5 min read
Planning for Your Health
Know your choices before you pick an insurance policy.
Among the reasons for renting rather than buying a home is that you're not making a long-term financial commitment to a mortgage loan, property taxes, and homeowner's insurance. But one commitment you should make is to purchase a renter's insurance policy that covers your personal property and your liability for accidents that could happen in your living space.
Why do you need insurance if you rent? A landlord's insurance policy covers the building. If a leaky roof floods your living room, you won't have to pay for repairs to the ceiling, floor, or walls. But you'll probably be stuck with the bill for cleaning or replacing any furniture or rugs that got wet or moldy. The more valuable your possessions, the more essential the insurance becomes. And if the leak (or worse) is your fault, say from a faucet that was left running when you went to work, you could be liable for the damage.
And what if a guest slips in the shower and breaks her leg? In the best-case scenario, she has health insurance, the break isn't serious, and that's the end of it. But a lawyer could argue that you created a hazard and sue you for negligence.
Fortunately renter's insurance offers an easy and affordable way to protect yourself from all sorts of losses, both inside and outside your home. It covers your possessions against losses from fire and smoke, theft, vandalism, lightning, wind, explosions, and water damage from leaking plumbing.
Things you take with you away from home are also generally covered, though the amount of coverage may range from 10% of their value to full replacement cost, depending on your policy. You may also be covered for things you borrow that are lost, stolen, or damaged while you have them.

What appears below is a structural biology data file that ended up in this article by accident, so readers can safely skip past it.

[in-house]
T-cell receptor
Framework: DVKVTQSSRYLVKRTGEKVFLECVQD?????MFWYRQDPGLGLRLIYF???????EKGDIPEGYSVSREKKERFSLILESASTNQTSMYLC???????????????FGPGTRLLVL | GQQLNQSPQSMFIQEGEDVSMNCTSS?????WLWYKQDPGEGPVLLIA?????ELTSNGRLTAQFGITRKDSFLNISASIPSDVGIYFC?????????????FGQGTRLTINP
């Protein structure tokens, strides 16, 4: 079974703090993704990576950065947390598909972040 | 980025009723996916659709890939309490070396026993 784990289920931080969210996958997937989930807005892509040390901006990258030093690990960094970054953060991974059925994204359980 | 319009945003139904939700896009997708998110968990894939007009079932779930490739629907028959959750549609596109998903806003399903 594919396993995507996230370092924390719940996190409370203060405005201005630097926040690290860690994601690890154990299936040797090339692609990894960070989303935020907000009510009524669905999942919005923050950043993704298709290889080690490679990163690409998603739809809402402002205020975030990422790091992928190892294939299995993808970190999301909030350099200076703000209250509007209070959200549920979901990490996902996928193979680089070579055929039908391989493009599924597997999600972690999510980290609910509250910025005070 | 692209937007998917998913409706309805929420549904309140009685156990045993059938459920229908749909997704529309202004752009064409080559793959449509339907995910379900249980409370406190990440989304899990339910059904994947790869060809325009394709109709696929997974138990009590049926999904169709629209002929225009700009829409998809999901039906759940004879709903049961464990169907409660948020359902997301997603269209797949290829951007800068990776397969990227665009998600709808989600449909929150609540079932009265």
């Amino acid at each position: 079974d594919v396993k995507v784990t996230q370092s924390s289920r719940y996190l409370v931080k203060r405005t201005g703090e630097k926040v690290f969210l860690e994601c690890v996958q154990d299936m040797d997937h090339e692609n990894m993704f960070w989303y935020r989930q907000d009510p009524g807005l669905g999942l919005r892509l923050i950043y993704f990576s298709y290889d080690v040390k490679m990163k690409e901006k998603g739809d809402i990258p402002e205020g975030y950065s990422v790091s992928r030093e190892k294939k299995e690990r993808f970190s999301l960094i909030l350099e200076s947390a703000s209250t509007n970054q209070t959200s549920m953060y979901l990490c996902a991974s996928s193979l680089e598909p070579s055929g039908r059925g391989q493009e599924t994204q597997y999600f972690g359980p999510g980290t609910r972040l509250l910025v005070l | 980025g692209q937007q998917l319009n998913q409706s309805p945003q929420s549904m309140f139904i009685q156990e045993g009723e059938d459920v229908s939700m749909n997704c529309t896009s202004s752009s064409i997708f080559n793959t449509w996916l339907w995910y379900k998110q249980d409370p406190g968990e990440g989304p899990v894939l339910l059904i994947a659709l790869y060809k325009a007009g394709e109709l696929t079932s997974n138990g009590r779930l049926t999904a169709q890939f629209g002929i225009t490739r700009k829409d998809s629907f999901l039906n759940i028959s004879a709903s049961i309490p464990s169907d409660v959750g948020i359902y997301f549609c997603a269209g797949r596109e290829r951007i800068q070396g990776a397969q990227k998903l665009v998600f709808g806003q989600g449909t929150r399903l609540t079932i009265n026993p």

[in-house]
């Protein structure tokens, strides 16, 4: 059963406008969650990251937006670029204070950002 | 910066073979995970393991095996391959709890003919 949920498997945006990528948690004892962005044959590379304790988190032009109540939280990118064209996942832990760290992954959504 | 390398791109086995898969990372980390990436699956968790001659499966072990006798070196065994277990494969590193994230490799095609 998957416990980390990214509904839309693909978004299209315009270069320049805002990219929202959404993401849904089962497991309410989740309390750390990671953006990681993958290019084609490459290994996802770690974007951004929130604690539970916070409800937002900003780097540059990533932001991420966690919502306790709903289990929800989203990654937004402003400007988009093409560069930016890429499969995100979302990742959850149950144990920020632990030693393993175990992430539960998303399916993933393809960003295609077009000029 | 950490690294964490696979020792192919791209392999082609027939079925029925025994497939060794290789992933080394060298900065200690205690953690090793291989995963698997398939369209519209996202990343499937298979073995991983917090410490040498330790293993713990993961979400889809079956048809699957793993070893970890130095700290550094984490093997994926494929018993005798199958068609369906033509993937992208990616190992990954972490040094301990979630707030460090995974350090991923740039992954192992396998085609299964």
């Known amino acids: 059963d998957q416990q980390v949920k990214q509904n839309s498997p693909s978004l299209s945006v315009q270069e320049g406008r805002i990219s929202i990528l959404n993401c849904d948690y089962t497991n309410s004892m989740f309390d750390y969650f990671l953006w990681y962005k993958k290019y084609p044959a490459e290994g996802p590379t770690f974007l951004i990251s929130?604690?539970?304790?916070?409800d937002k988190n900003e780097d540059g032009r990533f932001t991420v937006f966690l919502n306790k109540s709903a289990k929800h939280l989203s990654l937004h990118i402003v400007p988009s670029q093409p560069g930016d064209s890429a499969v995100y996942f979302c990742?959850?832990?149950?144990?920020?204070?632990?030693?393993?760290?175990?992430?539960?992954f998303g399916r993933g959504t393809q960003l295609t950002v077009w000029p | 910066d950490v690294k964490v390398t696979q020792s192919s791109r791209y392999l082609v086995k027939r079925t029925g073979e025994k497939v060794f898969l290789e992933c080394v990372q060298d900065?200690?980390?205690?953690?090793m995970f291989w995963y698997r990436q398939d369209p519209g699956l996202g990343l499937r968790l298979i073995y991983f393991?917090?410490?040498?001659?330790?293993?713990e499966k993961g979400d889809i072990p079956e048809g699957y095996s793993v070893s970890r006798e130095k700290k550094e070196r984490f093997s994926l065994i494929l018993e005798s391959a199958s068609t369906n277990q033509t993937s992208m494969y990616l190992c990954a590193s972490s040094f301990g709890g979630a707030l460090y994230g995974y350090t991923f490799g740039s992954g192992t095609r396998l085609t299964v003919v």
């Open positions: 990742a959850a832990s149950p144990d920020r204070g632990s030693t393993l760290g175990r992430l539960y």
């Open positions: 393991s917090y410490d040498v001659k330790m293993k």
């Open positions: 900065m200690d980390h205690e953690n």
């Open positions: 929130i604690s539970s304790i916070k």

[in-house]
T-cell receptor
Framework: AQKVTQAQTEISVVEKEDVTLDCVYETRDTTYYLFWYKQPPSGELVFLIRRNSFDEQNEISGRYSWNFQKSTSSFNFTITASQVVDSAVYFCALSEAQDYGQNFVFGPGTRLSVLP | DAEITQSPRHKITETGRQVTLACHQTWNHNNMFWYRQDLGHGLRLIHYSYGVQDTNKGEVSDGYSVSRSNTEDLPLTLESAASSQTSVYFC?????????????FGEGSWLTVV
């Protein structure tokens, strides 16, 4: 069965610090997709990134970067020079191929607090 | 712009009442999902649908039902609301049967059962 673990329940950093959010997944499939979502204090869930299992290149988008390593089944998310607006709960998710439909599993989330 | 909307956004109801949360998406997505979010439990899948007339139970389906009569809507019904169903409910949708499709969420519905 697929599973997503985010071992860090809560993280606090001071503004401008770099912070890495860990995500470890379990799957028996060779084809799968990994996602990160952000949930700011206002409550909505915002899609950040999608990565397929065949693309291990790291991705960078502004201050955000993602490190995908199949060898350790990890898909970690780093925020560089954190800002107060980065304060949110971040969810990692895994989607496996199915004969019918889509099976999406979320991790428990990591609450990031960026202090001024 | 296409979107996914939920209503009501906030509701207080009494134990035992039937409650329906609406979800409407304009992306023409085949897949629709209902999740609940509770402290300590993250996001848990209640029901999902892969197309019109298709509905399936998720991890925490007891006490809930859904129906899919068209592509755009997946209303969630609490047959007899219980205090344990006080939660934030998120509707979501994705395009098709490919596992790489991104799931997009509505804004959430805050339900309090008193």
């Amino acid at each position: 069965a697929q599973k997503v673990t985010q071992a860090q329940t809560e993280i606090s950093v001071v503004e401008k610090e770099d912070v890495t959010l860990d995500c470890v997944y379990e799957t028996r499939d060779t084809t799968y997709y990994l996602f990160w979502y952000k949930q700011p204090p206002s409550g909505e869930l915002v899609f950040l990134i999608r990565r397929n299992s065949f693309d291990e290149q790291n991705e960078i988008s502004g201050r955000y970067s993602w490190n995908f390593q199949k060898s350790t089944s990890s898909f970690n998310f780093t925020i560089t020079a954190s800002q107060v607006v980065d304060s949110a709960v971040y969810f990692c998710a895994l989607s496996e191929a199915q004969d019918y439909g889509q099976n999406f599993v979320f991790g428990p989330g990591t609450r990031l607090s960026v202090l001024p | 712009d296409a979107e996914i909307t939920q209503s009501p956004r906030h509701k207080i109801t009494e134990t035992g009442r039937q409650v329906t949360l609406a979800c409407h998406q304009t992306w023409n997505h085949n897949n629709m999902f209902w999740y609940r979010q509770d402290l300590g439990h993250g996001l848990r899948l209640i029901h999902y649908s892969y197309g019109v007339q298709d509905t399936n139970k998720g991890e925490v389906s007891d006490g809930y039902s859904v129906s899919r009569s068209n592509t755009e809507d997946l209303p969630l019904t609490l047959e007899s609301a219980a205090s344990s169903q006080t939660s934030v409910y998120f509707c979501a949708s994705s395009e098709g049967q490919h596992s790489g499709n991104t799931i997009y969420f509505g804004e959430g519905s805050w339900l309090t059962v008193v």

Renter's insurance will also cover your liability for injuries people suffer in your home or from your pets. It also pays legal costs you might incur if you get hit with a liability lawsuit, though there may be a substantial deductible for this protection.
Before you buy renter's insurance, you should inventory your possessions to determine the amount of coverage you need. Document what you have with photographs or a video and make a detailed list of your possessions to keep as backup in some other location, like your office or a safe deposit box.
Don't be too conservative in your estimate of what your belongings are worth. What might seem at first glance to be a small inventory may actually be worth a substantial amount in replacement costs. Make a note of the model and serial numbers of your expensive electronic equipment and appliances, get written valuations of jewelry, art, or family heirlooms, and keep detailed records of any collectibles.
Once you have a sense of how much coverage you'll need, look for an insurance company that offers this type of policy. If you've worked with an agent to buy car insurance, for example, see what your auto insurance company has to offer. It also pays to do an online search so you have a sense of the range of costs and coverage. Before deciding on a policy, be sure you understand the limits of coverage and the terms and conditions that apply. Comparison shopping is every bit as important when you're looking for insurance as it is with the other things you buy.
Renter's insurance works the same way as other types of insurance. You pay an annual premium, and if any of the losses covered under your policy occur, you file a claim. A deductible applies, which you pay out of pocket. The larger the deductible is, the lower the premium tends to be. That's one of the tradeoffs you have to evaluate in buying the coverage.
If you have a loss that's covered by your policy, you are compensated in one of two ways. If you have an actual cash value policy, you'll be reimbursed for what the item was worth at the time it was damaged, stolen, or lost. For example, if you file a claim for a destroyed computer that's several years old, you'll receive significantly less than you paid. But if your claim is for an asset that appreciated in value, such as jewelry, you should get more than the purchase price. Fortunately, many insurers offer replacement value policies, which pay what a similar item would cost today. That's generally a better choice.
Renter's insurance doesn't protect you against everything that could go wrong in your home. Damage from certain natural disasters, such as floods and earthquakes, isn't covered under most policies. If you think you're at risk for something that's not included in a policy you're considering, look further. You might consider an additional policy, or a rider to your basic policy, to give you the protection you need.